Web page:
Slugs Are Incredibly Interesting!

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Maybe the first thing that tips you off are mysterious, ragged holes ripping across fresh fruit or tearing through a green leaf. Or, maybe it’s a slick, shiny stripe of mucus across the plant surface that dries down to a matte, paint-like white streak. It’s no surprise slugs are among the most troublesome of garden pests, destroying healthy plants all while playing hard-to-get.

Slugs prefer moist, mild conditions, which are often found in our flower beds and vegetable gardens. If an area is bright or dry, slugs will shuffle off to wait for night or to find a covered, damp area.

As destructive as they are, slugs are also incredibly interesting! We think of a garden as the domain of insects, birds, and reptiles, but slugs and snails are relatives of the octopus, a mollusk. Further, the most destructive species of snails are from Europe rather than America. Slugs also have an interesting life cycle. They start life as one egg in a batch of 20-30 eggs that are resistant to drying out. Once they hatch, it can be over a year before a slug is fully matured. As they mature, they spend some time as a male before becoming hermaphrodites that can reproduce with any other slug it comes across. Once fully mature, they are females. When munching away at your garden, they prefer to eat an entire plant before moving on to the next. These critters are also able to live to the rich old age of six years—pretty impressive for a garden pest!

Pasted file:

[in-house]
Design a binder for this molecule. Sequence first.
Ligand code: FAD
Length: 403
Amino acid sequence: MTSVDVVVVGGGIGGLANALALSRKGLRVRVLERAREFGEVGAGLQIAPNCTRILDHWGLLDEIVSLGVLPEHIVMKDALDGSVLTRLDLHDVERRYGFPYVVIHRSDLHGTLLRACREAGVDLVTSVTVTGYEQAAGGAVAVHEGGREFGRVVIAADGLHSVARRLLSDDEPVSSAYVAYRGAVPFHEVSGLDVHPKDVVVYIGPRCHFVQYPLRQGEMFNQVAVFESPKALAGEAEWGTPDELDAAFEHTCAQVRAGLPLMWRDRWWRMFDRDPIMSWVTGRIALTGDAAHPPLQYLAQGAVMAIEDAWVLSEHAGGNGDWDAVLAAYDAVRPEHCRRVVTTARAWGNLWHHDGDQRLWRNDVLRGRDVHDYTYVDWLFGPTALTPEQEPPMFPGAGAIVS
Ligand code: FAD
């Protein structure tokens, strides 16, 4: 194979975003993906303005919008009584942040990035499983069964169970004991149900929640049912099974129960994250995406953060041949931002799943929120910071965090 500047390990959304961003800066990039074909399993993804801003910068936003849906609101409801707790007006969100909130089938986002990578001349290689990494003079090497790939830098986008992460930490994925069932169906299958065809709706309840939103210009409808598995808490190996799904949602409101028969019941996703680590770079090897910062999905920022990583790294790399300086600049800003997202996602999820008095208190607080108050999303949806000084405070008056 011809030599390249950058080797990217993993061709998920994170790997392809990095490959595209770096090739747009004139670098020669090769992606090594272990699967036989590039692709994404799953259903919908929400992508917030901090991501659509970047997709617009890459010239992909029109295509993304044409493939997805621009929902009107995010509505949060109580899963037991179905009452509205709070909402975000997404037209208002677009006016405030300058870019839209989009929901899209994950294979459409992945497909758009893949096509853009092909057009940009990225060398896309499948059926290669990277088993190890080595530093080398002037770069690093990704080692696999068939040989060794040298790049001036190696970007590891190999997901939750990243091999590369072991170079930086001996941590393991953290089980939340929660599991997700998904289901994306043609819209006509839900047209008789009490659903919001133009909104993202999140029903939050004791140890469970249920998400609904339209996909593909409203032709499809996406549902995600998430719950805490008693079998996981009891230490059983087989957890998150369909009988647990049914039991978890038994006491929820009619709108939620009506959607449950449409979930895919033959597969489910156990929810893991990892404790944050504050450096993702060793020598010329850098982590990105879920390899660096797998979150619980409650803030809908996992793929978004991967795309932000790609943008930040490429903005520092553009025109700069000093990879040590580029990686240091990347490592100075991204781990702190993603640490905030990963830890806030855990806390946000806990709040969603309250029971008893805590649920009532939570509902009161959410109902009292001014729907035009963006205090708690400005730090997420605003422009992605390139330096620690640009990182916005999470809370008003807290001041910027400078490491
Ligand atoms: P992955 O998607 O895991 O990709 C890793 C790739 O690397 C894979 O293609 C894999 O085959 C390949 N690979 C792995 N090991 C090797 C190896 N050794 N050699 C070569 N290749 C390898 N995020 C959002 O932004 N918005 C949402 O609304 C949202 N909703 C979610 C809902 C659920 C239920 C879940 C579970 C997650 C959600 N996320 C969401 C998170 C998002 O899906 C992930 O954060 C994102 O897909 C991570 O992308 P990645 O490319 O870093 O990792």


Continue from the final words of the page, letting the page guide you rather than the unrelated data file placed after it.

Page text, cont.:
But the big question is: how do we actually control these rascals? If you want to go the natural, cultural route, consider setting traps. Place wooden boards on top of your soil to create a covered, cool, and damp area that will attract slugs. Every morning you should check your traps and kill any you find. Another chemical option is using copper in key areas of damage. Slugs will be repelled by the copper as they cannot cross it! For those of you looking for a one-and-done chemical spray, there are a few options, but you will need to reapply them. Look for products containing the active ingredient metaldehyde, carbaryl, or iron sulfate, and use according to the label. You may have to reapply every 5 to 7 days based on label recommendations and the damage you’ve observed.

For more information on slugs, contact your local extension office.

Selena McKoy is Horticulture Agent for North Carolina Cooperative Extension in Harnett County.